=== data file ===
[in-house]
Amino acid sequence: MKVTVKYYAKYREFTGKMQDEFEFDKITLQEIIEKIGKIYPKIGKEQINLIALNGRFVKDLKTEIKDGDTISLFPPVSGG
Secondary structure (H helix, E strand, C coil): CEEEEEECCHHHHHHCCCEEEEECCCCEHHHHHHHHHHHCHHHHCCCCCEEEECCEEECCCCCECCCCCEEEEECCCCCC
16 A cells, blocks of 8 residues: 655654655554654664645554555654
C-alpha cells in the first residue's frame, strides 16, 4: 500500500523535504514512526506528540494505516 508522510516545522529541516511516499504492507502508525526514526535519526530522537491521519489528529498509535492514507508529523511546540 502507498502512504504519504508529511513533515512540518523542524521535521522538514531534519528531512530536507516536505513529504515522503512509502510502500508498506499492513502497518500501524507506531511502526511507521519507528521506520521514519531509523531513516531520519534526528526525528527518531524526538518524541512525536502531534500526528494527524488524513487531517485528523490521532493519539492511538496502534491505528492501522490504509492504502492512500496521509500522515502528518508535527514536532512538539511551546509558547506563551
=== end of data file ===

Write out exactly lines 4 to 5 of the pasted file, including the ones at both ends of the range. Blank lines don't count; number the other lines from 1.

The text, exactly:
16 A cells, blocks of 8 residues: 655654655554654664645554555654
C-alpha cells in the first residue's frame, strides 16, 4: 500500500523535504514512526506528540494505516 508522510516545522529541516511516499504492507502508525526514526535519526530522537491521519489528529498509535492514507508529523511546540 502507498502512504504519504508529511513533515512540518523542524521535521522538514531534519528531512530536507516536505513529504515522503512509502510502500508498506499492513502497518500501524507506531511502526511507521519507528521506520521514519531509523531513516531520519534526528526525528527518531524526538518524541512525536502531534500526528494527524488524513487531517485528523490521532493519539492511538496502534491505528492501522490504509492504502492512500496521509500522515502528518508535527514536532512538539511551546509558547506563551